Similarly, before they offer any moral implications, our readings today invite us to marvel at who Mary is as the new ark of the covenant. “God’s temple in heaven was opened, and the ark of his covenant could be seen in the temple.” So begins our first reading. And then what that ark is, or rather who it is, is immediately identified: “A great sign appeared in the sky, a woman clothed with the sun, with the moon under her feet, and on her head a crown of twelve stars. She was with child and wailed aloud in pain as she labored to give birth.” The old ark of the covenant, the one which God instructed Moses to make, contained three things: the ten commandments, a portion of the manna, and the staff of Aaron, the high priest. Mary is the new ark of the covenant because these same three things can be found in the child whom she carried in her womb. This child, Jesus Christ, is the fulfillment of the ten commandments, because He is the very Word of God. He is the fulfillment of the manna, because He is the Bread of Life. And He is the fulfillment of the staff of Aaron, because He is the eternal High Priest.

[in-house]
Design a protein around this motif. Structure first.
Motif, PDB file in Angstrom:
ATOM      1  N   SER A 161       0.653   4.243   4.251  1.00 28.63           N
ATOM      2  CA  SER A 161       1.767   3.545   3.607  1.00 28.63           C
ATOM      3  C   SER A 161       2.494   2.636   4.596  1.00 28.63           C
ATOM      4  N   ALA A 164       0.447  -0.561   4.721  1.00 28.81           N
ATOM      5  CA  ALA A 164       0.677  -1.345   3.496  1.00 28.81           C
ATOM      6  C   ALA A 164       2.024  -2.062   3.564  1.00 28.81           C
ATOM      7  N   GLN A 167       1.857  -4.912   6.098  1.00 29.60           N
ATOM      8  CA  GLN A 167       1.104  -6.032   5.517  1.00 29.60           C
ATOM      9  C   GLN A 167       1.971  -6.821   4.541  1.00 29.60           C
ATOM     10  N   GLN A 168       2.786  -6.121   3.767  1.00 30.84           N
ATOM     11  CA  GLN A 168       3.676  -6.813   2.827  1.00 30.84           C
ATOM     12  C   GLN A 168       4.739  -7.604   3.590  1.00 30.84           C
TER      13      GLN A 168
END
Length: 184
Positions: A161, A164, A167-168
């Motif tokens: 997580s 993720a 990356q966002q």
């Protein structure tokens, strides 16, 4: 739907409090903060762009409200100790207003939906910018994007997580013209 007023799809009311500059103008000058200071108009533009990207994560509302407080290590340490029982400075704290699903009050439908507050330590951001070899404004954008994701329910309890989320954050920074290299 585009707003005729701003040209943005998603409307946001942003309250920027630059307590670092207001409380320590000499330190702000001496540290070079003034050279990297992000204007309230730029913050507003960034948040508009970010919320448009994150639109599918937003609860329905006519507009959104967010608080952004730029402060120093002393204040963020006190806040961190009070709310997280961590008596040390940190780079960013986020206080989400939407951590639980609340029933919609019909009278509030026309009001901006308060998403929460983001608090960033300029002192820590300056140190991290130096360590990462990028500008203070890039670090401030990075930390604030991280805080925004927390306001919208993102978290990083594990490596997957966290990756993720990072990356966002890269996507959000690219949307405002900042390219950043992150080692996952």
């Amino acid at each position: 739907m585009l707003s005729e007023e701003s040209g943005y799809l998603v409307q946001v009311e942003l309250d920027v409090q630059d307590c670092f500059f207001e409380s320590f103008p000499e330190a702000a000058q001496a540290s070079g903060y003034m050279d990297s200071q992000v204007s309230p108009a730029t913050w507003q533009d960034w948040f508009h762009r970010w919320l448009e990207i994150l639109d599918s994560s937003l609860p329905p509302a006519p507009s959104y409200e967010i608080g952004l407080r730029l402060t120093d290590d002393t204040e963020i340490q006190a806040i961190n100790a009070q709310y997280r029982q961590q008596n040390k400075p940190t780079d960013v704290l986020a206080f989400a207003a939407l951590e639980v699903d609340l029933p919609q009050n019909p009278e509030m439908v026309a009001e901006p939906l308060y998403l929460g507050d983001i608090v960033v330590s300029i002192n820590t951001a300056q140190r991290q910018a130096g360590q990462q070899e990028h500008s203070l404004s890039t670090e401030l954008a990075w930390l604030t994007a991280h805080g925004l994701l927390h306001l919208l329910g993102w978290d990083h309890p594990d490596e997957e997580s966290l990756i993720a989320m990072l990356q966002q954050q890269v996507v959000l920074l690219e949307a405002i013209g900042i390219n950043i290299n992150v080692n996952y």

Our gospel invites us to further marvel at this fact of Mary as the new ark of the covenant. Before King David brought the old ark of the covenant into Jerusalem, it stayed in the hill country of Judah for three months. And when David came into the presence of the ark, he leaped and danced for joy. This is also what happens with Mary. Mary also stays in the hill country of Judah for three months while visiting her cousin Elizabeth. And when John the Baptist comes into the presence of the ark, he too leaps for joy, even as David did. Mary truly is the new ark of the covenant; she is the bearer of God’s presence. In Mary, God is delighted to dwell. And that is why God took her, body and soul, into heaven, at the end of her earthly life. God ordered the old ark of the covenant to be made from a particular type of wood—wood from the acacia tree—because this type of wood was thought to be incorruptible, incapable of ever rotting. If God didn’t want the old ark of the covenant to ever experience decay, then how much more would He desire this for the new ark of the covenant, Mary. For the old ark was only a shadow of the incomparably better ark which was to come. God did not want this new and better ark to know decay, and so, at the end of Mary’s earthly life, He took her body and soul into heaven.